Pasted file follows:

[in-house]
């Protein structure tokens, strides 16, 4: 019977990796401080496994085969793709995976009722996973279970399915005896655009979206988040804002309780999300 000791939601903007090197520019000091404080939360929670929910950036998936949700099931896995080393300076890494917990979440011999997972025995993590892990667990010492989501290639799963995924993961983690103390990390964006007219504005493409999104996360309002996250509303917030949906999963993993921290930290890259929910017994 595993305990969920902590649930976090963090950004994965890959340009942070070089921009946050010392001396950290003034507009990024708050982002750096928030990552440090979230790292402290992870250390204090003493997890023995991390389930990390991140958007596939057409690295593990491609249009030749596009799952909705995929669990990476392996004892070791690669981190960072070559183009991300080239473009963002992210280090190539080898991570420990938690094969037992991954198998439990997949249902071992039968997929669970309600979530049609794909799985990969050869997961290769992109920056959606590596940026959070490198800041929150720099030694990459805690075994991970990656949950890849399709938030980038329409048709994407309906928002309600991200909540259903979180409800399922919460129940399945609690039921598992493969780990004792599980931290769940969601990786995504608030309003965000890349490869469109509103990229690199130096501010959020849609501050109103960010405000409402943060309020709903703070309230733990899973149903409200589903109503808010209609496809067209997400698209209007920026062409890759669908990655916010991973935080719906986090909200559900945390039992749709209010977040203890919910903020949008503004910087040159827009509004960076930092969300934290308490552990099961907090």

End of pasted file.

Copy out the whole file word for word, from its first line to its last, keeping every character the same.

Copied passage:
[in-house]
């Protein structure tokens, strides 16, 4: 019977990796401080496994085969793709995976009722996973279970399915005896655009979206988040804002309780999300 000791939601903007090197520019000091404080939360929670929910950036998936949700099931896995080393300076890494917990979440011999997972025995993590892990667990010492989501290639799963995924993961983690103390990390964006007219504005493409999104996360309002996250509303917030949906999963993993921290930290890259929910017994 595993305990969920902590649930976090963090950004994965890959340009942070070089921009946050010392001396950290003034507009990024708050982002750096928030990552440090979230790292402290992870250390204090003493997890023995991390389930990390991140958007596939057409690295593990491609249009030749596009799952909705995929669990990476392996004892070791690669981190960072070559183009991300080239473009963002992210280090190539080898991570420990938690094969037992991954198998439990997949249902071992039968997929669970309600979530049609794909799985990969050869997961290769992109920056959606590596940026959070490198800041929150720099030694990459805690075994991970990656949950890849399709938030980038329409048709994407309906928002309600991200909540259903979180409800399922919460129940399945609690039921598992493969780990004792599980931290769940969601990786995504608030309003965000890349490869469109509103990229690199130096501010959020849609501050109103960010405000409402943060309020709903703070309230733990899973149903409200589903109503808010209609496809067209997400698209209007920026062409890759669908990655916010991973935080719906986090909200559900945390039992749709209010977040203890919910903020949008503004910087040159827009509004960076930092969300934290308490552990099961907090």